SLR - October 2017 - Jay J. Patel; Joshua Rawa

Safety, Efficacy and Cost-Effectiveness of Tranexamic Acid in Orthopaedic Surgery

Reference: Zilan X. Lin, MD; Shane K. Woolf, MD. Safety, Efficacy and Cost-Effectiveness of Tranexamic Acid in Orthopaedic Surgery. Orthopedics. 2016; 39(2):119–130.

Scientific Literature Review

Reviewed By: Jay J. Patel, DPM; Joshua Rawa, DPM
Residency Program: SSM Health DePaul Hospital, St. Louis, MO

Podiatric Relevance: Intraoperative and postoperative bleeding often occur following podiatric surgical procedures. An antifibrinolytic pharmacologic agent, tranexamic acid (TXA), can be used to help reduce active bleeding in patients following surgical procedures. TXA presents an overall low risk for deep vein thrombosis (DVT) or pulmonary embolisms (PE) in healthy patients; however, the data for high-risk patients is lacking. The authors of the article hypothesize that the major factors causing cost savings associated with TXA use are shorter hospital stays, conservation of blood products and reduced laboratory costs.

Methods: Due to the antifibrinolytic properties of TXA, a primary concern of its use is that is may lead to a hypercoaguable state, resulting in DVT and PE complications. Several studies have argued that there is no significant difference in using TXA versus placebo in thrombus development. However, recent literature has evaluated only healthy patients and do not include patients with associated risk factors, such as cardiac disease, history of thromboembolic events and renal failure. Several contraindications have been noted: history of arterial and venous thrombosis, cerebral thrombosis, myocardial infarct and acute renal failure.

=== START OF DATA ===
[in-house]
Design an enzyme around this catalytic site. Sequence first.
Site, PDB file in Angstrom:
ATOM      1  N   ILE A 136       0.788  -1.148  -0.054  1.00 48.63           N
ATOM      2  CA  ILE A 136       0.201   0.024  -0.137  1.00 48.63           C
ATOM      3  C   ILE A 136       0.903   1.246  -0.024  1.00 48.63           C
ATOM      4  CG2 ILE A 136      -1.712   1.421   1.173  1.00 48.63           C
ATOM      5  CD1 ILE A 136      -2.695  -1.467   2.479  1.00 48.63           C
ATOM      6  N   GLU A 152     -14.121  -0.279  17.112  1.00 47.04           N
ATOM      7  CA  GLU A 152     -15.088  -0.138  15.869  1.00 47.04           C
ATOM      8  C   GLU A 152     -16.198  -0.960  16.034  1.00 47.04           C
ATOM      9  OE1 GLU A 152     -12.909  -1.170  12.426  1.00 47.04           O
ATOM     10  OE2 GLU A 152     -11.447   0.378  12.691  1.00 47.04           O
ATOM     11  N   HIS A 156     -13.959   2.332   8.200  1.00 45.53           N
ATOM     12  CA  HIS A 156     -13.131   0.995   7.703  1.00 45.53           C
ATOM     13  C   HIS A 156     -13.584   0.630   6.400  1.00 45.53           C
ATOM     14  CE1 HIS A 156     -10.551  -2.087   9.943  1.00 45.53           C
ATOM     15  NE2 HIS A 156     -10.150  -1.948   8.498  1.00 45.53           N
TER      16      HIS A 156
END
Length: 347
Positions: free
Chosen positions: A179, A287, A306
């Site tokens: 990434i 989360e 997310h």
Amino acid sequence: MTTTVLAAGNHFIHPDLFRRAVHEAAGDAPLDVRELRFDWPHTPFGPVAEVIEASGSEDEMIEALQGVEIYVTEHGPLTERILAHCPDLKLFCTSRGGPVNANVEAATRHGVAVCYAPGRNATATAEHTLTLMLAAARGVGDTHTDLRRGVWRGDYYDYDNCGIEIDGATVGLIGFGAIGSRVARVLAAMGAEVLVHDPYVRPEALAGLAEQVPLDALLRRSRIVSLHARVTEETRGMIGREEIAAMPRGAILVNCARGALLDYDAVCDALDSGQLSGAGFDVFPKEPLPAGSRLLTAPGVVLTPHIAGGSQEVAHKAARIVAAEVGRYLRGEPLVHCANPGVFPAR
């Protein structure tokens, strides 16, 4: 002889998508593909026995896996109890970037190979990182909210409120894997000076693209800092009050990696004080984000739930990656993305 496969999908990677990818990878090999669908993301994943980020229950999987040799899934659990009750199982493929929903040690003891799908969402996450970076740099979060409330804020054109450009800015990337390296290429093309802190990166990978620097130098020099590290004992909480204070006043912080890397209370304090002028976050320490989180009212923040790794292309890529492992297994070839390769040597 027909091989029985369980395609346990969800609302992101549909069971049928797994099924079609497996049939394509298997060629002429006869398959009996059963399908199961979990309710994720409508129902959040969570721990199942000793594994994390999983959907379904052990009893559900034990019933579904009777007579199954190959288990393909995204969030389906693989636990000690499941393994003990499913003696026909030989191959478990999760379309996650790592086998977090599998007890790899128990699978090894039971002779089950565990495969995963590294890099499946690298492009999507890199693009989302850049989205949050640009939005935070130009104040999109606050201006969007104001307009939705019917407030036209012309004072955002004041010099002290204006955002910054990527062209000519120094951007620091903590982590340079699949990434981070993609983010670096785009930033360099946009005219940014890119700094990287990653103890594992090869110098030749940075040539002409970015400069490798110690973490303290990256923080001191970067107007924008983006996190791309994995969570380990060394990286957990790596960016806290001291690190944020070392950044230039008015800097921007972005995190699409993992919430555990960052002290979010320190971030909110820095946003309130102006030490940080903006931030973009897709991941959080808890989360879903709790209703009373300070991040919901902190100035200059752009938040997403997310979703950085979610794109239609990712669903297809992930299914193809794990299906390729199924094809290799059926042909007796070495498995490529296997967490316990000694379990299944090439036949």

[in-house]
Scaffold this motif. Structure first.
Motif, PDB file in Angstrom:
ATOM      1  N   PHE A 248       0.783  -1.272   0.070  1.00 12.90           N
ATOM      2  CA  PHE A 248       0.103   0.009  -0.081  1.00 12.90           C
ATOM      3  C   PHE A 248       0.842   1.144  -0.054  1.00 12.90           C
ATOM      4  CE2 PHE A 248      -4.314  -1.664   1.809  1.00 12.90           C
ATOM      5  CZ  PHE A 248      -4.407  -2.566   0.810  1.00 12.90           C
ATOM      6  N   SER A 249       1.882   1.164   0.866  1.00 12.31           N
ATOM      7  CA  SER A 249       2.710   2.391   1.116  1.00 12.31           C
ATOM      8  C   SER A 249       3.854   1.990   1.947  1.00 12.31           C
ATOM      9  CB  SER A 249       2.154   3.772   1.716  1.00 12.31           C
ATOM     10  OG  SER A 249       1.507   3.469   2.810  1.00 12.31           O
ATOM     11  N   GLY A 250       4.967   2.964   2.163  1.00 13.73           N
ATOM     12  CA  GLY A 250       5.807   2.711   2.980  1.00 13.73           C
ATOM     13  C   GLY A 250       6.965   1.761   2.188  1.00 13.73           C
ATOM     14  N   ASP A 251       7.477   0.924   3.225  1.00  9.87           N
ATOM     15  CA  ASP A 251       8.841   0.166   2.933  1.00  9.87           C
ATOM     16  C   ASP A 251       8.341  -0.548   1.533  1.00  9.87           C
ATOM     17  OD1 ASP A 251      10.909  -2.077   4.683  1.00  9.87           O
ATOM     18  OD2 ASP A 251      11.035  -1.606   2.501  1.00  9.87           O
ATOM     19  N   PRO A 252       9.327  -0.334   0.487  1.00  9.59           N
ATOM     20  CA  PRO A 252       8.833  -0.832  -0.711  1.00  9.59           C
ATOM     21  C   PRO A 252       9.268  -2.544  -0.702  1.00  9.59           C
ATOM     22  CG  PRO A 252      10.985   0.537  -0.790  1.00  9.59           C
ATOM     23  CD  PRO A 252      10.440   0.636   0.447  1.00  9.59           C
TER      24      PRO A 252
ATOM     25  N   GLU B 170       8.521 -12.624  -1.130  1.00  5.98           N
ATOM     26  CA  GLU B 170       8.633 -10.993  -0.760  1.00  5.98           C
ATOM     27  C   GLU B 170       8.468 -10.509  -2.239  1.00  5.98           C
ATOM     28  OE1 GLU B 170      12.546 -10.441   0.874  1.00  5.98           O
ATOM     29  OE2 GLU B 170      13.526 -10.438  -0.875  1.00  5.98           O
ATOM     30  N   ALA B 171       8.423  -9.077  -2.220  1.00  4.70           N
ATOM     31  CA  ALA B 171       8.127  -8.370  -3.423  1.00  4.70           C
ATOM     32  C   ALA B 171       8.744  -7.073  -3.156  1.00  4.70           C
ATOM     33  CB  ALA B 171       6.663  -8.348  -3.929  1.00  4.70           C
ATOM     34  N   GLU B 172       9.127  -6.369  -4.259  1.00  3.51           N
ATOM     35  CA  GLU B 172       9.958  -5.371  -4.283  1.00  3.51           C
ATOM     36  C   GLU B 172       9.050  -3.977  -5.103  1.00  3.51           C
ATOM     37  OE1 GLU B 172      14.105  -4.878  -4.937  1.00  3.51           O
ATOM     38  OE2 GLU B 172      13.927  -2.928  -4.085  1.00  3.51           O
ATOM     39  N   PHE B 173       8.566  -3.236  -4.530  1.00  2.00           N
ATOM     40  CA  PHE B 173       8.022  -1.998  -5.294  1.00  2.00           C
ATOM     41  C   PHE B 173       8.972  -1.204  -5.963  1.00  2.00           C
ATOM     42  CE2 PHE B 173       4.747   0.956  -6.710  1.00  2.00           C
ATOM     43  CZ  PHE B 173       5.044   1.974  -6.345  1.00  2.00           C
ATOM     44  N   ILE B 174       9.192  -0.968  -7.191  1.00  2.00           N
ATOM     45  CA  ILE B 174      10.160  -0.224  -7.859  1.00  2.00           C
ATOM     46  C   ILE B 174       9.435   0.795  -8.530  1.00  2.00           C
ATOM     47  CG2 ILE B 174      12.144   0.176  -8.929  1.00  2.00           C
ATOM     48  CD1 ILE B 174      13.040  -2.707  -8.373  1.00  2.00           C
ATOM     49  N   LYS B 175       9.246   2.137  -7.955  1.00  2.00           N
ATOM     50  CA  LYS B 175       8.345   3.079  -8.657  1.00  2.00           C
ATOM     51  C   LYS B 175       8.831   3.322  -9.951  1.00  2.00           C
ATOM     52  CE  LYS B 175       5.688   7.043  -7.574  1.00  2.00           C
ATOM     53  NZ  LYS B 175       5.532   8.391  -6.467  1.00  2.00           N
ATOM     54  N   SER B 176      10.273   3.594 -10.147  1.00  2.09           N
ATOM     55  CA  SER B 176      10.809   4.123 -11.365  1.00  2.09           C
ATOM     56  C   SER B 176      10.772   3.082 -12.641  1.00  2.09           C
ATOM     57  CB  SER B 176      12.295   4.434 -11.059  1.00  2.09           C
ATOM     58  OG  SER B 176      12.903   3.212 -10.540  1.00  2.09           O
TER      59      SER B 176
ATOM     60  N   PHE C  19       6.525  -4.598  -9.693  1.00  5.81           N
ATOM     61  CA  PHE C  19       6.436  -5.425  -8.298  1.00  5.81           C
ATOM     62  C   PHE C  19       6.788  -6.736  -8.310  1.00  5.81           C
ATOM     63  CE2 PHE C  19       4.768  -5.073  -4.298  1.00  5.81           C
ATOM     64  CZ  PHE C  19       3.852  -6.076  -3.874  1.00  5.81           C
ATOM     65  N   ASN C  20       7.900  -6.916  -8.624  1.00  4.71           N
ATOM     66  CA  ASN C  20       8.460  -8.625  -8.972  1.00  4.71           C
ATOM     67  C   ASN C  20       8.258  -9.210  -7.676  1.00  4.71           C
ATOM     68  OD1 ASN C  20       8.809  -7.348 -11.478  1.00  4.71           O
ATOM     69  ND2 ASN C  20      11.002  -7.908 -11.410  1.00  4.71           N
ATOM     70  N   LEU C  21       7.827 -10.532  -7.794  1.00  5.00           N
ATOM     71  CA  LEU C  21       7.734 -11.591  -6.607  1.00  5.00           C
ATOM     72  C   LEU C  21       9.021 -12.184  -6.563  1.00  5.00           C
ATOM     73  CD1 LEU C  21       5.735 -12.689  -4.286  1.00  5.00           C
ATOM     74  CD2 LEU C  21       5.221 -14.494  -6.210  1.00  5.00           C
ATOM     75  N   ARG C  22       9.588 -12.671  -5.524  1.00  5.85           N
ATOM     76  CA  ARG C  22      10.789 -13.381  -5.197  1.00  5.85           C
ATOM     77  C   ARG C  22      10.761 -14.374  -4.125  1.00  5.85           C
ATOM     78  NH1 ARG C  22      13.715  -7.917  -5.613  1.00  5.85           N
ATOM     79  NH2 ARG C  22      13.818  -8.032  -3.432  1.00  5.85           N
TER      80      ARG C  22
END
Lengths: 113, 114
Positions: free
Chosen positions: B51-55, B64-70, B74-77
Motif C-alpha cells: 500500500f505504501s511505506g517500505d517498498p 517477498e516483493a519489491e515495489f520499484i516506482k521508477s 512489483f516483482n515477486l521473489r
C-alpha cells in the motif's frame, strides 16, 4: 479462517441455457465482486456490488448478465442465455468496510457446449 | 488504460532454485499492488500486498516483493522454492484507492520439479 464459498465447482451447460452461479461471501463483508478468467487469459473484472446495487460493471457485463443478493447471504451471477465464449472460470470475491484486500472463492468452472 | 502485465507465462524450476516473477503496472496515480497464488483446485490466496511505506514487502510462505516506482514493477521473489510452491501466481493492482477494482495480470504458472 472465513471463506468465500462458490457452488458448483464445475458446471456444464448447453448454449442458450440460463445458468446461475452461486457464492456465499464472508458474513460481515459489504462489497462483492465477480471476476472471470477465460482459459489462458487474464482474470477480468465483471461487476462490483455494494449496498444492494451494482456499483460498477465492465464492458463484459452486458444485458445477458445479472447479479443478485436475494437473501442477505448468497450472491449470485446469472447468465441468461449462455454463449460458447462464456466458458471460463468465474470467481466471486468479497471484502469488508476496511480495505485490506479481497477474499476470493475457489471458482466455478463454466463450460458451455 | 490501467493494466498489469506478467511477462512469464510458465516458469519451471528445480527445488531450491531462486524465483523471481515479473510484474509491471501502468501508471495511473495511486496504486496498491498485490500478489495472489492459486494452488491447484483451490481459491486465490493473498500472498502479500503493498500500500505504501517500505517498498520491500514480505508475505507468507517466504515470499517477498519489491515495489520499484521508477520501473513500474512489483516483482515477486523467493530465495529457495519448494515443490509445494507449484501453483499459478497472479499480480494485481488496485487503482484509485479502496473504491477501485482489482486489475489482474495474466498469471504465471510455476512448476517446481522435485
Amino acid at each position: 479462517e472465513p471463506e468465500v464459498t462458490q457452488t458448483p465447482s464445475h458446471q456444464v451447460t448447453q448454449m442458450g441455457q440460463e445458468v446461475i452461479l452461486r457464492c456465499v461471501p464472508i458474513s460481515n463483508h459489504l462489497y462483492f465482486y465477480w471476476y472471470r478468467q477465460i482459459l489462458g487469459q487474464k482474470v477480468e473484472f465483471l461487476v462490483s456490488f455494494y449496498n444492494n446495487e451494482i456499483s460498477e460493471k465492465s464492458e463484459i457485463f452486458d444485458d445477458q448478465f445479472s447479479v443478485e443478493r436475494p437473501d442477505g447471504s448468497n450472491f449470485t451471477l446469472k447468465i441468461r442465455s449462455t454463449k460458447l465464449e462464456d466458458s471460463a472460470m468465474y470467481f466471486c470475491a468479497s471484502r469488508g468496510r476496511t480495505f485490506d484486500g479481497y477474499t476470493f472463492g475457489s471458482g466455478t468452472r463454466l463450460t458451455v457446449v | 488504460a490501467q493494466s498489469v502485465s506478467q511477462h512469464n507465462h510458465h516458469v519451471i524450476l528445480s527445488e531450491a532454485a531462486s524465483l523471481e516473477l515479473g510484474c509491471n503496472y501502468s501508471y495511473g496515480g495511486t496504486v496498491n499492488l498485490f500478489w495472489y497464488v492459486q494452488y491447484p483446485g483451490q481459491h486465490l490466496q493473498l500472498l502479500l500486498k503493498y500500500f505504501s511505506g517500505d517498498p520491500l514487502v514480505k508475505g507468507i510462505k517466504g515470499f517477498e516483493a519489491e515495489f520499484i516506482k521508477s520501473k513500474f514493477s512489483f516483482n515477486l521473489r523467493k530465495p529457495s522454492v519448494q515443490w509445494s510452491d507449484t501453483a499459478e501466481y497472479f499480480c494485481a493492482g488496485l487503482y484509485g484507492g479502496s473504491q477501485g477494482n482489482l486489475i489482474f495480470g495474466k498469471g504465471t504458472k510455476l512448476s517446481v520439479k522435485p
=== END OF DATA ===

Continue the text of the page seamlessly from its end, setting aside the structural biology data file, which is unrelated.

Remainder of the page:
Results: In a meta-analysis, TXA was found to reduce the number of blood transfusions per patient by 0.78 units for major orthopaedic surgeries of 2,925 patients. It is found that the efficacy of TXA can vary by different locations. For example, there is a higher efficacy of TXA in Total Knee Arthroplasty versus Total Hip Arthroplasty. Also, patients who were given TXA prior to a total knee arthroplasty were found to have a hospital stay that was two days shorter than those who did not have TXA.

Conclusion: TXA has been shown in orthopaedic surgeries to control bleeding perioperatively and postoperatively as well as reduce postoperative swelling. However, the use of TXA in patients at high risk for thromboembolic complications has not been studied. TXA has shown in various studies to decrease hospital stay, operating room time and overall medical expenditure. TXA may prove beneficial to the podiatric surgeon in patients undergoing surgical procedures where increased intraoperative and postoperative bleeding are anticipated. 

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